A huge part of public relations and brand marketing is reputation management. IN small terms, that means monitoring social networks, news feeds and blogs for any possible disgruntled consumer or unhappy fan. In big money terms, this means taking a disaster that is truly unimaginable, such as the Costa Concordia shipwreck, from becoming a brand destroying, company crushing event…no small feat.
Brand Risk Taking
Every brand takes risks, but hopefully these risks are calculated and are strategically taken in order to increase brand equity. The Costa Concordia, owned by Carnival Corp, took one huge risk in the name of increasing brand awareness that ultimately has tarnished the brand forever.
According to the ship captain, this giant luxury cruise liner traveled extremely close to shore many times in order to ‘generate publicity for the cruise line.’ By traveling close to shore, the Costa Concordia was more than just a luxury vacation for those on board, it was also a traveling advertisement and brand marketing ploy.
This decision, however, took the idea of ‘publicity’ and increasing brand visibility to an entirely new level by not accurately calculating the risk involved not only to the travelers on board the ship, but the overall brand itself.
Brand Reputation Management
When you are the cause of a disaster on this grand scale, you must be ahead of the PR battle on every front. Offering shipwreck survivors a discount on their next cruise might not be the best way to handle your reputation. This only adds insult to injury, and when you are attempting to handle every aspect of this tragedy with marketing finesse, Costa Cruises and Carnival is failing miserably.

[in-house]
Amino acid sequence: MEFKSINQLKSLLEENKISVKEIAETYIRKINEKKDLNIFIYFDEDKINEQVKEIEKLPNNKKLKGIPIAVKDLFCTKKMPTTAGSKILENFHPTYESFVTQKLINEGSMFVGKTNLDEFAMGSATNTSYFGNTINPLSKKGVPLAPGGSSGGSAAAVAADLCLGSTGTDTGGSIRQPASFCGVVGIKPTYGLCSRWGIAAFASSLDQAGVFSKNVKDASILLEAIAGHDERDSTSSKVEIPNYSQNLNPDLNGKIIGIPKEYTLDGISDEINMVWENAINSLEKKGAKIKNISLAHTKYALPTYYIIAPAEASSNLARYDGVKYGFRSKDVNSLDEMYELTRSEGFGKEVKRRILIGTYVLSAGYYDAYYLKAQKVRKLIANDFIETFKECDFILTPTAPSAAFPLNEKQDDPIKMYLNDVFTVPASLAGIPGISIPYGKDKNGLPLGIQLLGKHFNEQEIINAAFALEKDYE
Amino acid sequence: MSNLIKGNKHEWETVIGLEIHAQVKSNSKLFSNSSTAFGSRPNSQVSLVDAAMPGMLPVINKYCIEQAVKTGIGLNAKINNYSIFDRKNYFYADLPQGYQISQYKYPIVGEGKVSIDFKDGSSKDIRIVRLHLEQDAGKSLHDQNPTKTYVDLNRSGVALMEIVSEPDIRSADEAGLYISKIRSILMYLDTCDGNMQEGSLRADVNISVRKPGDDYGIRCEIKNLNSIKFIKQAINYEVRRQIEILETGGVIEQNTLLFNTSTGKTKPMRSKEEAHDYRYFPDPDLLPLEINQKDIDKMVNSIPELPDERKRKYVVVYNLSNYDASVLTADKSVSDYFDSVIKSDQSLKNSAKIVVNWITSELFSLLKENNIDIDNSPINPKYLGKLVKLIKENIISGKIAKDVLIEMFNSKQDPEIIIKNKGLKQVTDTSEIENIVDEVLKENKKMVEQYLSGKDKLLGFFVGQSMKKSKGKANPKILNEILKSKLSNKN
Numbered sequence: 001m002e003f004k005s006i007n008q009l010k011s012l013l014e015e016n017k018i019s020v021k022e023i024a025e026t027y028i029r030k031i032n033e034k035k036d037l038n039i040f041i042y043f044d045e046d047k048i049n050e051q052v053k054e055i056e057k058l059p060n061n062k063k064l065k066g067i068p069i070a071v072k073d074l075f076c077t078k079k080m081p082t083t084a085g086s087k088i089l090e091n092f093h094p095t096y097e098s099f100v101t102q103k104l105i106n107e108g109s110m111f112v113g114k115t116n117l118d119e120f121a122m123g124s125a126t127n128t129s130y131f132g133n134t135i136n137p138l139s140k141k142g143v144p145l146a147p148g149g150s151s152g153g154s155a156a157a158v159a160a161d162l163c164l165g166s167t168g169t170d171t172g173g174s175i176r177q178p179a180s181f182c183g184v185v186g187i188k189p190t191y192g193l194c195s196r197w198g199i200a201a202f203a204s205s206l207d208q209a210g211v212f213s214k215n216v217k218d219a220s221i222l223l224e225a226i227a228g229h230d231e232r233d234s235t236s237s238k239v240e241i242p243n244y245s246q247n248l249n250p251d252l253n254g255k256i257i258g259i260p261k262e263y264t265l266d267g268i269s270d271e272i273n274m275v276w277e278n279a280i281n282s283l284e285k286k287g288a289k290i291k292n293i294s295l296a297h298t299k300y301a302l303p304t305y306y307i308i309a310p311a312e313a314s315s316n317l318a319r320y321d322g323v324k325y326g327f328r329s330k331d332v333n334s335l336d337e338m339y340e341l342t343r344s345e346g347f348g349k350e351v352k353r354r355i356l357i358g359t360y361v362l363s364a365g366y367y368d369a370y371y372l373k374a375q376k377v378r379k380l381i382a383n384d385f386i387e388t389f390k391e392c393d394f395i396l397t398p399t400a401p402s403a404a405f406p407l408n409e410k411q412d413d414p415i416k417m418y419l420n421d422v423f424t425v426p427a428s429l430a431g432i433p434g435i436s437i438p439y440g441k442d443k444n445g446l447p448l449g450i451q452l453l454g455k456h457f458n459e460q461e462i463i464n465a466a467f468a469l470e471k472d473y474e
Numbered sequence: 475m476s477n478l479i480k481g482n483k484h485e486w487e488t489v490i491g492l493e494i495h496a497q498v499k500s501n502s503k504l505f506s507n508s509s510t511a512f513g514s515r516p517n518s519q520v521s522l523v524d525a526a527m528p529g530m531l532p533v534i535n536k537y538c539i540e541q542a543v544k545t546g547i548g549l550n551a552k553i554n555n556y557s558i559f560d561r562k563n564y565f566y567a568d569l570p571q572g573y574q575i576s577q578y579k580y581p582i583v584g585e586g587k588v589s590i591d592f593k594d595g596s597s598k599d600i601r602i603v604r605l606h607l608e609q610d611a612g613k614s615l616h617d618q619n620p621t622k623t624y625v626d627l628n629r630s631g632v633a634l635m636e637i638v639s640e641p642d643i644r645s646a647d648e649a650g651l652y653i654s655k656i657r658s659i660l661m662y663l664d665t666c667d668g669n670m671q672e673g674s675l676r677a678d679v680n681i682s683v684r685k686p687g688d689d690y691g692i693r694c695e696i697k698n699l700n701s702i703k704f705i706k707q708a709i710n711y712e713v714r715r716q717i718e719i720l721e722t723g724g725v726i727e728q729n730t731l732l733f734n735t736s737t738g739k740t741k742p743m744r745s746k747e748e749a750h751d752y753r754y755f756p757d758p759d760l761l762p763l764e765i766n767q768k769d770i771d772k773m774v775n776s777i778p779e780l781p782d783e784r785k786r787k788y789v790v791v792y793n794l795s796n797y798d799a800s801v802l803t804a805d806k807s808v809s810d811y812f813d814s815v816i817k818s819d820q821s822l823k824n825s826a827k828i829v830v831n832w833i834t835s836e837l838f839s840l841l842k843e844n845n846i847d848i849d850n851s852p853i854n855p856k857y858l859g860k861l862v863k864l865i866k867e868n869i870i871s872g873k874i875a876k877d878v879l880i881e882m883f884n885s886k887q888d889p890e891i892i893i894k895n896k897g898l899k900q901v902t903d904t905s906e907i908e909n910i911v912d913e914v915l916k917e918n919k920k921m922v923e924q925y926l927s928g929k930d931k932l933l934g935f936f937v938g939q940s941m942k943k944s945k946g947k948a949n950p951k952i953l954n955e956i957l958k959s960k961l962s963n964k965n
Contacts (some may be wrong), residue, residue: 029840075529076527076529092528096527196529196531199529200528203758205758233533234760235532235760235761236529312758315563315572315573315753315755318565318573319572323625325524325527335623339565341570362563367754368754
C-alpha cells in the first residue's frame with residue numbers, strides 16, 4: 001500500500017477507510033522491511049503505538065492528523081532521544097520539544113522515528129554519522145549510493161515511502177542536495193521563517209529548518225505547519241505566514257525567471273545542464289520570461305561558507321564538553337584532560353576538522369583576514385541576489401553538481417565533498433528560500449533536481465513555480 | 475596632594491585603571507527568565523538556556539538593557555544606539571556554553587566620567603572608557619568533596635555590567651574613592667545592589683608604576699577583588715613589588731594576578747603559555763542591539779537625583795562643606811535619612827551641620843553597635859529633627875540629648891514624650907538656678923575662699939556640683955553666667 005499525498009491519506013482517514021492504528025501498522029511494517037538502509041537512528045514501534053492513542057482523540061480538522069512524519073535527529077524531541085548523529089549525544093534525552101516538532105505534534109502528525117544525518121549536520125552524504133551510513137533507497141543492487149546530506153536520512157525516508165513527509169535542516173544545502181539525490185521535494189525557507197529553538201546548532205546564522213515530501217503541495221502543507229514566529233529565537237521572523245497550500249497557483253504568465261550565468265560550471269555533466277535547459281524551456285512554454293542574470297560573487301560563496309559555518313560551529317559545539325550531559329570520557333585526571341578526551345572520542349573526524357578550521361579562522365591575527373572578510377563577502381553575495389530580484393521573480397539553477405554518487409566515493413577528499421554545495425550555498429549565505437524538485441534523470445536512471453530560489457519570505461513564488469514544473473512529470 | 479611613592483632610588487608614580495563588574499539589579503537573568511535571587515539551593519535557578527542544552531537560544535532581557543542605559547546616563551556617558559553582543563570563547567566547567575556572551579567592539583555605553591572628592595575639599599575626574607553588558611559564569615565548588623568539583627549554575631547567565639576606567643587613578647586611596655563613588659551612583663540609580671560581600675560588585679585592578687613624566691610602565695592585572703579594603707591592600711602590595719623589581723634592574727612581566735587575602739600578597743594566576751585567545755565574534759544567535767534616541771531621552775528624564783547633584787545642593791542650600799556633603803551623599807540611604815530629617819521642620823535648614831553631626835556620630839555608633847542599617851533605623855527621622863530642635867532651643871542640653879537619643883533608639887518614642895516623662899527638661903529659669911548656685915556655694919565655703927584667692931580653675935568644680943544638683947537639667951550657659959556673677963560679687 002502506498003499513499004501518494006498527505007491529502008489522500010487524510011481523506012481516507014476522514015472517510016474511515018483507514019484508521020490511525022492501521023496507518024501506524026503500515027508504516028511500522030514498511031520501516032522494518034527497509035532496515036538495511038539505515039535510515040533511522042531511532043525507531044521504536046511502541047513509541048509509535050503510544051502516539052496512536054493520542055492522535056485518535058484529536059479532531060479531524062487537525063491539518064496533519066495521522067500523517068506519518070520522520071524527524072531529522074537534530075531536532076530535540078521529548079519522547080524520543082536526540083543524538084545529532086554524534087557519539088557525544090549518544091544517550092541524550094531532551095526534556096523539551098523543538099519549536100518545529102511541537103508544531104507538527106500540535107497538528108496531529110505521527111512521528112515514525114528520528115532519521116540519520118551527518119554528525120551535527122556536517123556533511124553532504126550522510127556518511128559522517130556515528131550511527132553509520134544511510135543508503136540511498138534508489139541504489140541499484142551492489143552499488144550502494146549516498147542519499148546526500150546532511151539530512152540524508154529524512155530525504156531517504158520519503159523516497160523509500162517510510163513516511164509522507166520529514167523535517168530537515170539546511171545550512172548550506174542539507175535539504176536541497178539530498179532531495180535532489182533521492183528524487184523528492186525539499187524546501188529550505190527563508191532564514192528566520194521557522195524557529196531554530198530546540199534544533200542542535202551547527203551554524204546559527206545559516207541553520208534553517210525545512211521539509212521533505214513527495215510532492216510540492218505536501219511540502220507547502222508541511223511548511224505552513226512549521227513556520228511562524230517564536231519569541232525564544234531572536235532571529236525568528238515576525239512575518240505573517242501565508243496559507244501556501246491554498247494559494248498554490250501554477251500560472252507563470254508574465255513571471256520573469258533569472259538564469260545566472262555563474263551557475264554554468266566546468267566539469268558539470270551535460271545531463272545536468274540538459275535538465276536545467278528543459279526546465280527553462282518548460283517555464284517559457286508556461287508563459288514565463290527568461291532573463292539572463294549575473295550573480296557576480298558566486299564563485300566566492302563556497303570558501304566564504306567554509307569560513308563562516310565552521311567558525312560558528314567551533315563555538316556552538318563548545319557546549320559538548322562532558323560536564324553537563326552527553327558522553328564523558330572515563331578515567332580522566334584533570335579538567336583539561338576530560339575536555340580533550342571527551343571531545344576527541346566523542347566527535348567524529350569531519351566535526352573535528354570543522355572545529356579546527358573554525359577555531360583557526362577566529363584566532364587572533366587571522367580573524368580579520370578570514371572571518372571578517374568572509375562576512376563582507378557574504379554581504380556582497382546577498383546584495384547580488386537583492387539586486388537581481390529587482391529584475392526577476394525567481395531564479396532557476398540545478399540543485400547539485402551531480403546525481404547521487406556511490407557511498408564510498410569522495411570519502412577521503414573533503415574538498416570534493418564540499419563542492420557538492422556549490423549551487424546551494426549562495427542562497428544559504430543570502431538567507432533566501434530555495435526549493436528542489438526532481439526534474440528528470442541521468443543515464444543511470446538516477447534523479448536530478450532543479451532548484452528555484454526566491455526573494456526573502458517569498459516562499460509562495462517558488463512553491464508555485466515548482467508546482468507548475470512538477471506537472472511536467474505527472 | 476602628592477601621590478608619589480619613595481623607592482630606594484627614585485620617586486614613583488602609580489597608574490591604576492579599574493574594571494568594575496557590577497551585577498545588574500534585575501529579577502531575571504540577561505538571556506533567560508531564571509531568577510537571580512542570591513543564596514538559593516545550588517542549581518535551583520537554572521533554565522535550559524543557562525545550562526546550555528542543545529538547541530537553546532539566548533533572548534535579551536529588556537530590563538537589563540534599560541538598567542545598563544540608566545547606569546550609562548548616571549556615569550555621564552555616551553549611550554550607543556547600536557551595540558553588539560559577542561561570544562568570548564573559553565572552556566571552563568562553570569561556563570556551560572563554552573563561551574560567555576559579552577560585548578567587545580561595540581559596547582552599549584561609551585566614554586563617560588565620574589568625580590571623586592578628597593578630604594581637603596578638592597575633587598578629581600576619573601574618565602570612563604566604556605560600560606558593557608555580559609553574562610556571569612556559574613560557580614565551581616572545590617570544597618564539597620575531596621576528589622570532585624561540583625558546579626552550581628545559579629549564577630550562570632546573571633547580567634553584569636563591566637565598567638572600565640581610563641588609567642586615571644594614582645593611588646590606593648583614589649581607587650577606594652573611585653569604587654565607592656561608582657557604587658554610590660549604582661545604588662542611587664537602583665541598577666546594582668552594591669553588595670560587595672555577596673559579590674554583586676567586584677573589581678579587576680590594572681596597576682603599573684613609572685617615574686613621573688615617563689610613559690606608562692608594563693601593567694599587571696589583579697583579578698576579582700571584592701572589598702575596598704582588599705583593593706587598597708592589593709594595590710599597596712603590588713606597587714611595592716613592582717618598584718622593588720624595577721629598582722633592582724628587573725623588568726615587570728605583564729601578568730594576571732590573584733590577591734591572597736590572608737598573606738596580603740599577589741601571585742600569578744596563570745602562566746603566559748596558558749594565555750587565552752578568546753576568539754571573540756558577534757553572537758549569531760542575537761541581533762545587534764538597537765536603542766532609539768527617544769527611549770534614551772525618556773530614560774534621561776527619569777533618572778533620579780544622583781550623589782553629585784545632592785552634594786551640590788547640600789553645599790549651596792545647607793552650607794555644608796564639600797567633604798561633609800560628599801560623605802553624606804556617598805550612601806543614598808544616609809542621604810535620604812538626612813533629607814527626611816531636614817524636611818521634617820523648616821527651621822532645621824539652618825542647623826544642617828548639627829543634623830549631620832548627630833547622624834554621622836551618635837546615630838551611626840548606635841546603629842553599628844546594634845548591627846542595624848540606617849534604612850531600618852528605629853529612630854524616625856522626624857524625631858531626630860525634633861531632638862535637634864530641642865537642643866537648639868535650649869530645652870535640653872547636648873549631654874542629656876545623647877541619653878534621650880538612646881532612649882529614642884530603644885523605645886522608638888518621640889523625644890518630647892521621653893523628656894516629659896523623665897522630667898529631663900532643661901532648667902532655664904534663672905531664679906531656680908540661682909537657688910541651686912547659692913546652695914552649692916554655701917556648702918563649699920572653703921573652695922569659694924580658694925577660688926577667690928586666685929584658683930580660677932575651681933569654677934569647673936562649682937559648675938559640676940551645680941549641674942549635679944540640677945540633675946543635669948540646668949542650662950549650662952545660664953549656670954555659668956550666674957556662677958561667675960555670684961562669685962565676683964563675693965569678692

“The company is not only going to refund everybody but they will offer a 30 per cent discount on future cruises if they want to stay loyal to the company.”
To add more fuel to the PR fire, Cost Cruises and Carnival denied the discounted offer, and then retracted that denial, ultimately admitting they did offer discounted cruises to shipwreck survivors.
While offering discounted cruises to survivors was one mistake, making the statement that they’d get the discount “if they want to stay loyal to the company” was probably even worse. In brand reputation management, the biggest mistake that any PR professional can make is to ask disheartened consumers to remain loyal to a company. You don’t ask for loyalty or brand equity, you build it, cultivate it, and reinforce again and again why your brand is trustworthy, genuine, and worth the equity.